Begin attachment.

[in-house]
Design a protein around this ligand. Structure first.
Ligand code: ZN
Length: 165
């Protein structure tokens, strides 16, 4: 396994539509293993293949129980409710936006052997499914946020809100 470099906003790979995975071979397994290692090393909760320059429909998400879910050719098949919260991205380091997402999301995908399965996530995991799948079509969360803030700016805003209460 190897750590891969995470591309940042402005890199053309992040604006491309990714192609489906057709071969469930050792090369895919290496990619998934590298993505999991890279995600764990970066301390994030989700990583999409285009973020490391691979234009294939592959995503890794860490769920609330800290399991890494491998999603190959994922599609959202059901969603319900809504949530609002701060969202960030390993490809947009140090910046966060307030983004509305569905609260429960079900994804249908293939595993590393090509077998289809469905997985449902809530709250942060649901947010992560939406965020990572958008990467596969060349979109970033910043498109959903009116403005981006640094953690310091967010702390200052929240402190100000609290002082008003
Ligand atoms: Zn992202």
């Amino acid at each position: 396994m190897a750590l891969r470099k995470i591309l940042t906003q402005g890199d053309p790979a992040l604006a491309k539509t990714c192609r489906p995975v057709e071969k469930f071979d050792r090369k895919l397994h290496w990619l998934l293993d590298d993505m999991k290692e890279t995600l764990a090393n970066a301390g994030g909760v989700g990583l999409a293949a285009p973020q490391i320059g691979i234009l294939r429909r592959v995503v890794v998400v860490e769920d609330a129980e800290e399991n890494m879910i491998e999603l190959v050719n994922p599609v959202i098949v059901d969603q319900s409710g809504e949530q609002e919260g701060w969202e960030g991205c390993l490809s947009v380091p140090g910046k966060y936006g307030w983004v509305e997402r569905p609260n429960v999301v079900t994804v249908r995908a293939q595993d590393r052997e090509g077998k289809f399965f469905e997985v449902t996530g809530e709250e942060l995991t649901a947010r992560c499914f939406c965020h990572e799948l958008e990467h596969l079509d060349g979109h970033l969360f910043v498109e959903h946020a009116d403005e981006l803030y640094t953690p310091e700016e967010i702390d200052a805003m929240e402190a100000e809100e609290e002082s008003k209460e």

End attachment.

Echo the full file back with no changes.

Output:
[in-house]
Design a protein around this ligand. Structure first.
Ligand code: ZN
Length: 165
């Protein structure tokens, strides 16, 4: 396994539509293993293949129980409710936006052997499914946020809100 470099906003790979995975071979397994290692090393909760320059429909998400879910050719098949919260991205380091997402999301995908399965996530995991799948079509969360803030700016805003209460 190897750590891969995470591309940042402005890199053309992040604006491309990714192609489906057709071969469930050792090369895919290496990619998934590298993505999991890279995600764990970066301390994030989700990583999409285009973020490391691979234009294939592959995503890794860490769920609330800290399991890494491998999603190959994922599609959202059901969603319900809504949530609002701060969202960030390993490809947009140090910046966060307030983004509305569905609260429960079900994804249908293939595993590393090509077998289809469905997985449902809530709250942060649901947010992560939406965020990572958008990467596969060349979109970033910043498109959903009116403005981006640094953690310091967010702390200052929240402190100000609290002082008003
Ligand atoms: Zn992202």
């Amino acid at each position: 396994m190897a750590l891969r470099k995470i591309l940042t906003q402005g890199d053309p790979a992040l604006a491309k539509t990714c192609r489906p995975v057709e071969k469930f071979d050792r090369k895919l397994h290496w990619l998934l293993d590298d993505m999991k290692e890279t995600l764990a090393n970066a301390g994030g909760v989700g990583l999409a293949a285009p973020q490391i320059g691979i234009l294939r429909r592959v995503v890794v998400v860490e769920d609330a129980e800290e399991n890494m879910i491998e999603l190959v050719n994922p599609v959202i098949v059901d969603q319900s409710g809504e949530q609002e919260g701060w969202e960030g991205c390993l490809s947009v380091p140090g910046k966060y936006g307030w983004v509305e997402r569905p609260n429960v999301v079900t994804v249908r995908a293939q595993d590393r052997e090509g077998k289809f399965f469905e997985v449902t996530g809530e709250e942060l995991t649901a947010r992560c499914f939406c965020h990572e799948l958008e990467h596969l079509d060349g979109h970033l969360f910043v498109e959903h946020a009116d403005e981006l803030y640094t953690p310091e700016e967010i702390d200052a805003m929240e402190a100000e809100e609290e002082s008003k209460e």